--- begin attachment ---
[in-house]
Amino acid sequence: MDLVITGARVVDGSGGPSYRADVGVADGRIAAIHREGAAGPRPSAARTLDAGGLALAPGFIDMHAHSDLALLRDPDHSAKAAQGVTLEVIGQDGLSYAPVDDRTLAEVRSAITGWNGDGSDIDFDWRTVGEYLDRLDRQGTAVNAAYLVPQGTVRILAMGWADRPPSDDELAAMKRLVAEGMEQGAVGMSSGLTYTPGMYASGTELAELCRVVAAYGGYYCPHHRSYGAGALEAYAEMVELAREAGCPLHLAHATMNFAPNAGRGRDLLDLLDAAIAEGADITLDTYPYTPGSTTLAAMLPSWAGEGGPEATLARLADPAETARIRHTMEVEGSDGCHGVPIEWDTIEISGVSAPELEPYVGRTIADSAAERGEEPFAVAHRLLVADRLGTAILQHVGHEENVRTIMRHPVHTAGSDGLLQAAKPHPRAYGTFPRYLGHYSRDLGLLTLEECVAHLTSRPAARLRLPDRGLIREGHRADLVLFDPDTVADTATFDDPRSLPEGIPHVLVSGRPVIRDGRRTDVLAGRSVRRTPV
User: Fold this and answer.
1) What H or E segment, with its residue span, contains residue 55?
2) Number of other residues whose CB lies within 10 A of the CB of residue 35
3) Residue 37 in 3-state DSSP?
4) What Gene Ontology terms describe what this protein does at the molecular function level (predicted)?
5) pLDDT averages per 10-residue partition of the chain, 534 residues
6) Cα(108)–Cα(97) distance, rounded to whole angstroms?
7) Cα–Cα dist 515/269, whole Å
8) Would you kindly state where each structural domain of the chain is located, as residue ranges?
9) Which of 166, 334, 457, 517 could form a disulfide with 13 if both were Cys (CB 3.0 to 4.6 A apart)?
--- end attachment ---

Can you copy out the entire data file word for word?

[in-house]
Amino acid sequence: MDLVITGARVVDGSGGPSYRADVGVADGRIAAIHREGAAGPRPSAARTLDAGGLALAPGFIDMHAHSDLALLRDPDHSAKAAQGVTLEVIGQDGLSYAPVDDRTLAEVRSAITGWNGDGSDIDFDWRTVGEYLDRLDRQGTAVNAAYLVPQGTVRILAMGWADRPPSDDELAAMKRLVAEGMEQGAVGMSSGLTYTPGMYASGTELAELCRVVAAYGGYYCPHHRSYGAGALEAYAEMVELAREAGCPLHLAHATMNFAPNAGRGRDLLDLLDAAIAEGADITLDTYPYTPGSTTLAAMLPSWAGEGGPEATLARLADPAETARIRHTMEVEGSDGCHGVPIEWDTIEISGVSAPELEPYVGRTIADSAAERGEEPFAVAHRLLVADRLGTAILQHVGHEENVRTIMRHPVHTAGSDGLLQAAKPHPRAYGTFPRYLGHYSRDLGLLTLEECVAHLTSRPAARLRLPDRGLIREGHRADLVLFDPDTVADTATFDDPRSLPEGIPHVLVSGRPVIRDGRRTDVLAGRSVRRTPV
User: Fold this and answer.
1) What H or E segment, with its residue span, contains residue 55?
2) Number of other residues whose CB lies within 10 A of the CB of residue 35
3) Residue 37 in 3-state DSSP?
4) What Gene Ontology terms describe what this protein does at the molecular function level (predicted)?
5) pLDDT averages per 10-residue partition of the chain, 534 residues
6) Cα(108)–Cα(97) distance, rounded to whole angstroms?
7) Cα–Cα dist 515/269, whole Å
8) Would you kindly state where each structural domain of the chain is located, as residue ranges?
9) Which of 166, 334, 457, 517 could form a disulfide with 13 if both were Cys (CB 3.0 to 4.6 A apart)?